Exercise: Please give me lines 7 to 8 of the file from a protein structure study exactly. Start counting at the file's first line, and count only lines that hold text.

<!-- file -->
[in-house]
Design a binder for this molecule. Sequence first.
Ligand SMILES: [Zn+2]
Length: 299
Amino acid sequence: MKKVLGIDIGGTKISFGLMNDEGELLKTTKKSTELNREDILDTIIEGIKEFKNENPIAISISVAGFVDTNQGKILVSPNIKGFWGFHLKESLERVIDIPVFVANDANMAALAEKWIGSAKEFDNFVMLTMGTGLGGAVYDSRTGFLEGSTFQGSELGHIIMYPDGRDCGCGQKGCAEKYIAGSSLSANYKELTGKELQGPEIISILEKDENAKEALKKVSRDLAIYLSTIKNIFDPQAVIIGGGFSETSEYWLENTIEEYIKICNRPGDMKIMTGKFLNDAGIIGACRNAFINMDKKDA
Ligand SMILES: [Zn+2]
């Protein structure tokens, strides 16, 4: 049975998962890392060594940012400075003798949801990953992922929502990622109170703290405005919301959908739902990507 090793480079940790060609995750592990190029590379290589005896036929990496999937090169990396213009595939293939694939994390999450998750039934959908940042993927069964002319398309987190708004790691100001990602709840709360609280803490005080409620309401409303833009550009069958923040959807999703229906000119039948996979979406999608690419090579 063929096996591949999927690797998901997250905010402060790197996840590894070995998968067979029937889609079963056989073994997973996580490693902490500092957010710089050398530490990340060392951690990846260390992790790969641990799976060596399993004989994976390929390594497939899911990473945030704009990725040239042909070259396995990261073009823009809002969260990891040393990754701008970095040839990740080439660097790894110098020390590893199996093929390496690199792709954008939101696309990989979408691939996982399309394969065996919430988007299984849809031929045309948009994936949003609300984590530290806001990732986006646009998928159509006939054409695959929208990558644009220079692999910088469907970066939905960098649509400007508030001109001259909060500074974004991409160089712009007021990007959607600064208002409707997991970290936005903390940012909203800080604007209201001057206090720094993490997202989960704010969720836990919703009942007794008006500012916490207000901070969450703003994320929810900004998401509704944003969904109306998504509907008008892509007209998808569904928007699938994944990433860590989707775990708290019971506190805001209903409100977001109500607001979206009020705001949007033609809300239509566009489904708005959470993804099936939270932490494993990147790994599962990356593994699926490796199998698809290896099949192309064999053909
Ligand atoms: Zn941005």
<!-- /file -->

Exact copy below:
């Protein structure tokens, strides 16, 4: 049975998962890392060594940012400075003798949801990953992922929502990622109170703290405005919301959908739902990507 090793480079940790060609995750592990190029590379290589005896036929990496999937090169990396213009595939293939694939994390999450998750039934959908940042993927069964002319398309987190708004790691100001990602709840709360609280803490005080409620309401409303833009550009069958923040959807999703229906000119039948996979979406999608690419090579 063929096996591949999927690797998901997250905010402060790197996840590894070995998968067979029937889609079963056989073994997973996580490693902490500092957010710089050398530490990340060392951690990846260390992790790969641990799976060596399993004989994976390929390594497939899911990473945030704009990725040239042909070259396995990261073009823009809002969260990891040393990754701008970095040839990740080439660097790894110098020390590893199996093929390496690199792709954008939101696309990989979408691939996982399309394969065996919430988007299984849809031929045309948009994936949003609300984590530290806001990732986006646009998928159509006939054409695959929208990558644009220079692999910088469907970066939905960098649509400007508030001109001259909060500074974004991409160089712009007021990007959607600064208002409707997991970290936005903390940012909203800080604007209201001057206090720094993490997202989960704010969720836990919703009942007794008006500012916490207000901070969450703003994320929810900004998401509704944003969904109306998504509907008008892509007209998808569904928007699938994944990433860590989707775990708290019971506190805001209903409100977001109500607001979206009020705001949007033609809300239509566009489904708005959470993804099936939270932490494993990147790994599962990356593994699926490796199998698809290896099949192309064999053909
Ligand atoms: Zn941005």